3 Strategies for Addressing the Barriers to Participation in Class Discussions
By Brittany Usiak, K-12 and Adult Education Programs Manager
We’re kicking off the new year with a series of posts taking a closer look at The Four Stages of group development in Touchstones, starting with Participation. Work done in the initial Participation stage sets the foundation for more complex collaboration as a group develops. Building a space for truly inclusive classroom discussion takes time and practice. And with your guidance, students can establish the sense of trust and belonging with one another they need to participate fully and authentically.
There are many barriers that get in the way of this type of participation, especially when a group is just beginning to form. These common dynamics probably feel familiar to you, either as an educator leading discussions or from your own experience as a student: prolonged periods of silence, dominance by some members of the group, participants only responding to the teacher or leader’s prompts, or displays of disrespect such as ignoring someone’s point. These and other issues of participation can challenge the idea that everyone’s voice and opinions are valuable and make it difficult for participants to engage more deeply with each other.
As a discussion leader, your goal in the first stage is to establish an environment where every participant feels able to speak to and learn from peers. Below, we share a few strategies we’ve found especially valuable for cultivating this type of learning community.
1. Ask yourself whose voices are not being heard
Classroom discussions can easily end up just including a few students while everyone else stays silent. Many times we think of those more reluctant speakers as simply shy, but there are myriad reasons why students stay quiet and often a shift in your interventions can be what’s needed to help them feel comfortable sharing their views. Focus on those quieter students and differentiate your approach to making space for their voices, just as you do when students need support with content or skills in other areas of your class. For example, if you consistently don’t hear from a traditionally high achieving student who you know feels more comfortable analyzing text than sharing personal experiences, try posing a text-based question. Or if you know that a pair of students are particularly close, but one of them rarely speaks up, trying bringing in their friend first to make that student feel more at ease. Alternatively, if you have one especially dominant student who makes it difficult for others to feel heard, try inviting them to serve as a student observer so they can share their thoughts during the evaluation, while making room for others during the discussion itself.
2. Offer multiple modes and opportunities for engagement
As educators you already know that offering different modalities for engagement provides students with the choices they need to participate in a way that feels comfortable. In Touchstones, much of this differentiation is built into the program: students write down their thoughts during individual work, share verbally and feel less pressure with just a few peers during small group work, and reflect on their observations about group dynamics during the discussion evaluation. One shift you might consider reflecting on is how speaking is valued in your discussions compared to listening. The types of participation that we put a premium on as educators reinforces what students perceive as valuable. In many class discussions, speaking is often prioritized over listening. And while speaking is essential, we can practice noticing and affirming participation connected to active listening including body language that indicates engagement or asking clarifying questions.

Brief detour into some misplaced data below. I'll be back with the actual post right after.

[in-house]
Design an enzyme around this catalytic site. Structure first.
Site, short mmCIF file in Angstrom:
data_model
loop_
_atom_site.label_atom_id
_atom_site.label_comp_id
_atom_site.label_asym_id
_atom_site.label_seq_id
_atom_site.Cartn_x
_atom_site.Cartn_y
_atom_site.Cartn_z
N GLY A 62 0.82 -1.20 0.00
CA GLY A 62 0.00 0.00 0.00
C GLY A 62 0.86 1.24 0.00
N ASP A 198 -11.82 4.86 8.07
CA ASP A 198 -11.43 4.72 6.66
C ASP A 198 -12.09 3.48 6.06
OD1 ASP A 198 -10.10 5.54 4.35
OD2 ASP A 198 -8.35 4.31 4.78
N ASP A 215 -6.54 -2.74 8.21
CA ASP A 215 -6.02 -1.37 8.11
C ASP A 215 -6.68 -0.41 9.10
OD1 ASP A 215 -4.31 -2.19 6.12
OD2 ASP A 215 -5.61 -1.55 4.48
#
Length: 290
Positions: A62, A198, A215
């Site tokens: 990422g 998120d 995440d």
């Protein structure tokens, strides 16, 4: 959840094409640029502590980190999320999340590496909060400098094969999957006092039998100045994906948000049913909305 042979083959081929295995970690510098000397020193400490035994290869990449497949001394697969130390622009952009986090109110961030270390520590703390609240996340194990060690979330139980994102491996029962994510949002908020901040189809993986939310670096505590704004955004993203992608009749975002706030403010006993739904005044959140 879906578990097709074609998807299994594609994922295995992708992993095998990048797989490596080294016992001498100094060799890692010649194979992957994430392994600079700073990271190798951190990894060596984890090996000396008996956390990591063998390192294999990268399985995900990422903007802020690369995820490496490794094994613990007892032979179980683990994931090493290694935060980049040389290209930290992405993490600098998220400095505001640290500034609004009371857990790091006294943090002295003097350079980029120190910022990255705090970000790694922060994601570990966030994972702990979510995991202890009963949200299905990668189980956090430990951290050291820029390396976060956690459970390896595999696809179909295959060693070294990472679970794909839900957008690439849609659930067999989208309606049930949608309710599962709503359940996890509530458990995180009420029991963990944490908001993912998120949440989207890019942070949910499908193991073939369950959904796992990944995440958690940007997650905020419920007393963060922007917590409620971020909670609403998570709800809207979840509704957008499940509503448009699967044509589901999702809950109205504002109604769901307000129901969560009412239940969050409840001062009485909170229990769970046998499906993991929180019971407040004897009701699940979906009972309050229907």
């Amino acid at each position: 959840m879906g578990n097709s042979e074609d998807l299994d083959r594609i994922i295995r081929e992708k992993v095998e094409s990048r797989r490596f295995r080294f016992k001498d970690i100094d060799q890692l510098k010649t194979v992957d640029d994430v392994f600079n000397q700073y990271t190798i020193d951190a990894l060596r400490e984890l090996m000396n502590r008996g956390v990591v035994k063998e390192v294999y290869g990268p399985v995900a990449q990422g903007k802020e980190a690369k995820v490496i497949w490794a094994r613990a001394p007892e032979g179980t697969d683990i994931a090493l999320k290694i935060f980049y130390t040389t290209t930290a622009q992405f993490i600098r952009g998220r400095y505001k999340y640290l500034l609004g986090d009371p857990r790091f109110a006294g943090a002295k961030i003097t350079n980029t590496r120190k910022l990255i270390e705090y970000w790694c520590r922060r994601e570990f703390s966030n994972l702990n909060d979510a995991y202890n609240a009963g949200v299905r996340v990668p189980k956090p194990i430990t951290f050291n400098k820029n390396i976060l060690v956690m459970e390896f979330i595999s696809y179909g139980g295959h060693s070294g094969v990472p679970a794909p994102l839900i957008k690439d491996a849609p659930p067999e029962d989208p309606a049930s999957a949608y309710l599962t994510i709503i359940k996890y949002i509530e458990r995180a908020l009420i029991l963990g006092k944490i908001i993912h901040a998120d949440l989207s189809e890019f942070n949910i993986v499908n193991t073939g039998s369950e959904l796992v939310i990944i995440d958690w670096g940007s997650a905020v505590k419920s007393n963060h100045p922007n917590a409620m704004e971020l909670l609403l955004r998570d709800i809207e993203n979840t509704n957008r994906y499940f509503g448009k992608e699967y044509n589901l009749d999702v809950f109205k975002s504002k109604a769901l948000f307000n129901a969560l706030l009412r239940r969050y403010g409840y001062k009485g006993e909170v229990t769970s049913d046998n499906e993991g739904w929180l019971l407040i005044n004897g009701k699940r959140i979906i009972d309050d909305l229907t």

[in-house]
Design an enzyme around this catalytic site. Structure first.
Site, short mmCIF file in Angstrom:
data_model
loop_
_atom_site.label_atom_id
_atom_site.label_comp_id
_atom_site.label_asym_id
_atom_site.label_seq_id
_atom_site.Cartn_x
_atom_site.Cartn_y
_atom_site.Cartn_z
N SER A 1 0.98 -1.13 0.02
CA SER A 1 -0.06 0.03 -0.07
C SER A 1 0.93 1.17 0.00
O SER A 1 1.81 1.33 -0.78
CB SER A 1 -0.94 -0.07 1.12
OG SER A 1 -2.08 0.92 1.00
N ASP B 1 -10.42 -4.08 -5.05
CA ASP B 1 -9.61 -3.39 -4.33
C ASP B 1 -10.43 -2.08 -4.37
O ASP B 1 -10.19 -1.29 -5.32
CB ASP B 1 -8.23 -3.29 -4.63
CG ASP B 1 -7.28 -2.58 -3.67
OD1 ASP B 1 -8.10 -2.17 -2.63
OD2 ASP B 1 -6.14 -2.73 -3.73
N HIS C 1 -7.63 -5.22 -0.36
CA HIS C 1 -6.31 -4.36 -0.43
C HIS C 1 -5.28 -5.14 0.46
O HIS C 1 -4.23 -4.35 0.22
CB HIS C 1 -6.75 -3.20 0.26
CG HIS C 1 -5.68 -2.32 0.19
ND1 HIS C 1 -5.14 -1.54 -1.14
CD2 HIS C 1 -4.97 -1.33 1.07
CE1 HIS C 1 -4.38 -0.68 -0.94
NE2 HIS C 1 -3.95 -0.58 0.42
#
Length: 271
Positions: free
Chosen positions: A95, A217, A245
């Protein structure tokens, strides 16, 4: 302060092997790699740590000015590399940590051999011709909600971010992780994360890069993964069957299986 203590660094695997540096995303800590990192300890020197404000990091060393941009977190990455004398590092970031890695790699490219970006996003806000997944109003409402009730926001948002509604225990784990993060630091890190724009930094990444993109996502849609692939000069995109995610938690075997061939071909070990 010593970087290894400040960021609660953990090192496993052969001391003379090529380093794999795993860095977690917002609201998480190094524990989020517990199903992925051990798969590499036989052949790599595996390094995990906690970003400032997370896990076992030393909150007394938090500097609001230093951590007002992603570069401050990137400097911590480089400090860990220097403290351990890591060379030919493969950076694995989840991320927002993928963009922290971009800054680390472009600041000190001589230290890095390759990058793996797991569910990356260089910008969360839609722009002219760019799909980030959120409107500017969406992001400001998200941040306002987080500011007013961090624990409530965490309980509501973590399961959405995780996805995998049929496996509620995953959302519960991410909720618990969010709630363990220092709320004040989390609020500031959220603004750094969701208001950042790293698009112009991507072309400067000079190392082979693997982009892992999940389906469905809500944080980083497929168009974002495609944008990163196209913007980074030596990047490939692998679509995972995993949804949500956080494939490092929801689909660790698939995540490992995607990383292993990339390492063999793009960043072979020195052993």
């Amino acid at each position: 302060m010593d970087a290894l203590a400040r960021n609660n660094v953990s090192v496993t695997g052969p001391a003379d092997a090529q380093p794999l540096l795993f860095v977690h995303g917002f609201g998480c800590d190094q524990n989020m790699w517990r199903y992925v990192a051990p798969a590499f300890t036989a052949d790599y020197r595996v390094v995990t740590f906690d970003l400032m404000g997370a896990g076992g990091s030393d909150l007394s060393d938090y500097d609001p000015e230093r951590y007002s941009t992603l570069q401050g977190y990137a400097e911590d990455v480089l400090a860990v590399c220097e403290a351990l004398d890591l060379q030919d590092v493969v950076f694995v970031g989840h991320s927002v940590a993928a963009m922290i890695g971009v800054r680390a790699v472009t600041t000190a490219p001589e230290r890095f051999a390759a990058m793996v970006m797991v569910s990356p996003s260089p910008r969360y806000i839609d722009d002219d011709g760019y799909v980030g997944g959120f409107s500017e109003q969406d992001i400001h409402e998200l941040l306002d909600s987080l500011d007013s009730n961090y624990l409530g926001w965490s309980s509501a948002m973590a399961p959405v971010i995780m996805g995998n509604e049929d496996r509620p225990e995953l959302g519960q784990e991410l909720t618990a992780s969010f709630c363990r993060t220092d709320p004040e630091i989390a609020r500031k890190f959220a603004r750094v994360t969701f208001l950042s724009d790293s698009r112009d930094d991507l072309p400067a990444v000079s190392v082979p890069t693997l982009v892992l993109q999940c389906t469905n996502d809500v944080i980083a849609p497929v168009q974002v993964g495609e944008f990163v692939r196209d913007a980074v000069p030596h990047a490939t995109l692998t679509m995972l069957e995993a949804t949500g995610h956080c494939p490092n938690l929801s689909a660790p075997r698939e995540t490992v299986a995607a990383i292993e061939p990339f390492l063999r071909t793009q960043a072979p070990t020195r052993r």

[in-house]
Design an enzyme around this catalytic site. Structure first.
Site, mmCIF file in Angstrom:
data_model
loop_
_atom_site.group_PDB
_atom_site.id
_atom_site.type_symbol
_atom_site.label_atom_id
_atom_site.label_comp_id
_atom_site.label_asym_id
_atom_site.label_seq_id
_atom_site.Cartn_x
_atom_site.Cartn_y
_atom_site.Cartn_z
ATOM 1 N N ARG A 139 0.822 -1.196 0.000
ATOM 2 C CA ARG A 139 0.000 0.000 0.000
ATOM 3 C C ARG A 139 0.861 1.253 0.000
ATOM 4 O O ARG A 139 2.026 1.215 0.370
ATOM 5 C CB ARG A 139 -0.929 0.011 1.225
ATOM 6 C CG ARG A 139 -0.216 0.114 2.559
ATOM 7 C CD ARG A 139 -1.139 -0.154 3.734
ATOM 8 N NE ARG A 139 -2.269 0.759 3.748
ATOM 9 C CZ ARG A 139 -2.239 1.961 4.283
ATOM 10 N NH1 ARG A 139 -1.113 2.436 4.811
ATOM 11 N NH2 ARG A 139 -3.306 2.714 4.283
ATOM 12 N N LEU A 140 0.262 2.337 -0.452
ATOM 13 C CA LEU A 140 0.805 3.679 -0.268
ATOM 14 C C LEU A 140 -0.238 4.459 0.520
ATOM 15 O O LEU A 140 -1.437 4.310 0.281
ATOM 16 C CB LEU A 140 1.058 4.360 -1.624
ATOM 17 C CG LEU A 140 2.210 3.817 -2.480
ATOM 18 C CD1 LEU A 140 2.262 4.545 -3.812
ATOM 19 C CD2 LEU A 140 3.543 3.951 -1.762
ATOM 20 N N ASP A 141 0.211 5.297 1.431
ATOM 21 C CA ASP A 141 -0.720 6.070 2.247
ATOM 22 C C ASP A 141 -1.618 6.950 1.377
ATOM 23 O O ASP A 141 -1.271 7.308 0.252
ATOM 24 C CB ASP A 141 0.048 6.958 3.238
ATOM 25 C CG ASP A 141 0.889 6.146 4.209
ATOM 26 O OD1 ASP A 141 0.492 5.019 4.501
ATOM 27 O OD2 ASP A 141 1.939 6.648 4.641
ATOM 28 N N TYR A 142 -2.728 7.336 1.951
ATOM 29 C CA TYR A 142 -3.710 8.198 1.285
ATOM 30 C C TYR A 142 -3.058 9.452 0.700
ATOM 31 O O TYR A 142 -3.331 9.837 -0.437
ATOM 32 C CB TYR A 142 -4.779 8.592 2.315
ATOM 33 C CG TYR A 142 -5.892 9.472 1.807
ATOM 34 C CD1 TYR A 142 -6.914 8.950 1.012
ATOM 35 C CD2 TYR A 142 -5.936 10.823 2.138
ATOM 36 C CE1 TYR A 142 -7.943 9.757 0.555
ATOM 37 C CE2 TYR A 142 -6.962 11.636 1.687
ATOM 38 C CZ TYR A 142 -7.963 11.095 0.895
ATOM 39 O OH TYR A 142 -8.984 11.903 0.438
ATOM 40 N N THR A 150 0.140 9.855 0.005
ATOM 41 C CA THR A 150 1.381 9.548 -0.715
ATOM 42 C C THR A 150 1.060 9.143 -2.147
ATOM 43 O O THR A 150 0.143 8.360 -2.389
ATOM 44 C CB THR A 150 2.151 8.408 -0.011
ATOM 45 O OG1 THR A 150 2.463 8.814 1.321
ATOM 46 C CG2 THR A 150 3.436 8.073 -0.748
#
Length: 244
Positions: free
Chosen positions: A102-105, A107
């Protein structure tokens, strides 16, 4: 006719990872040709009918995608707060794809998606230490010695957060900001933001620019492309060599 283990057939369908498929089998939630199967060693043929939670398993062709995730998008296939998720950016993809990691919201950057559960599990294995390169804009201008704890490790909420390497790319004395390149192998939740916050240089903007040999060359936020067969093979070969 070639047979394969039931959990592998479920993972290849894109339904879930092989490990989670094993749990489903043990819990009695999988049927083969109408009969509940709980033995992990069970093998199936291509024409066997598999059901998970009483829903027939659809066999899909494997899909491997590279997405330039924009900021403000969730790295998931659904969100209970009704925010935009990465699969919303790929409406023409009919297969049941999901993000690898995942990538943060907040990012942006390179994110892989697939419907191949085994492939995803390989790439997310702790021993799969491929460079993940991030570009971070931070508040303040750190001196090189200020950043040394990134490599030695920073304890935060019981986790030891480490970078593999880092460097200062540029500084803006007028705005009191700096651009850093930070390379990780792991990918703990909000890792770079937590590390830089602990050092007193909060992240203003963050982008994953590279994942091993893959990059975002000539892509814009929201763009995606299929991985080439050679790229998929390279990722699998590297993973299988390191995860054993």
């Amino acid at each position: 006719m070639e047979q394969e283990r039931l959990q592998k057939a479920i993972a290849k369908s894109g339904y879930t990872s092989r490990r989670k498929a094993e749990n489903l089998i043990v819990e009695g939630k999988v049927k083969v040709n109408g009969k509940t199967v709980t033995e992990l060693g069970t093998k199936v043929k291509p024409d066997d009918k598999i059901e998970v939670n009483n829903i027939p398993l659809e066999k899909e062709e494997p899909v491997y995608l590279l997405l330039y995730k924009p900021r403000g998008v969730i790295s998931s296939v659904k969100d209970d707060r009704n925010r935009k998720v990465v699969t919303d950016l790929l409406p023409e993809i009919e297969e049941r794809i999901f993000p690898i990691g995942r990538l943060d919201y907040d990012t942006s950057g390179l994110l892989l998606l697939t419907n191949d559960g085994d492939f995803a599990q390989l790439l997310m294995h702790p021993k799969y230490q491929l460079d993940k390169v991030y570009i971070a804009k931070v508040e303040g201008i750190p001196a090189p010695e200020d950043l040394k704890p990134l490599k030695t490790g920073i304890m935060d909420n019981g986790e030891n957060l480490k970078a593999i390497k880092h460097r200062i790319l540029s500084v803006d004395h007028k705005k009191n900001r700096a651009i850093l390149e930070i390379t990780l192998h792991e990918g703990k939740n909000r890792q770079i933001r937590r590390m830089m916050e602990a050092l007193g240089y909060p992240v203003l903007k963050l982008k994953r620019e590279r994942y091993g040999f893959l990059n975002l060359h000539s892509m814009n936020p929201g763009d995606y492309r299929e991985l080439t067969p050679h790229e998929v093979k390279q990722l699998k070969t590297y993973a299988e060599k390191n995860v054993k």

3. Start with experience-based questions
When a discussion class is first beginning to form, it can be challenging to start off with textual analysis and exploration of ideas. We often suggest that discussion leaders begin by posing experience-based questions, which provide themes to consider that feel more readily accessible and less intimidating for many students. This might seem as if students are off-topic or off-text, especially during the first 6-8 lessons. If they are speaking to one another in a fruitful way, their engagement level is high, and they are somehow speaking to the topics of the text, they are right on target. As they strengthen their discussion skills over time, you can steer them more toward the text.
These strategies invite opportunities for greater participation from every student in your class while your students are also setting goals for improvement through discussion evaluations. As your group grows and builds trust throughout the year, they will feel confident and better prepared to engage in more textual analysis and sharing responsibility. Do you have other strategies you’ve used to foster greater participation? Tell us about them in the comments. If you’re interested in adding more strategies to your toolbox, join us for an upcoming workshop.
This post is the first in a series on The Four Stages of group development. Check back in February for the next post focusing on Cooperation.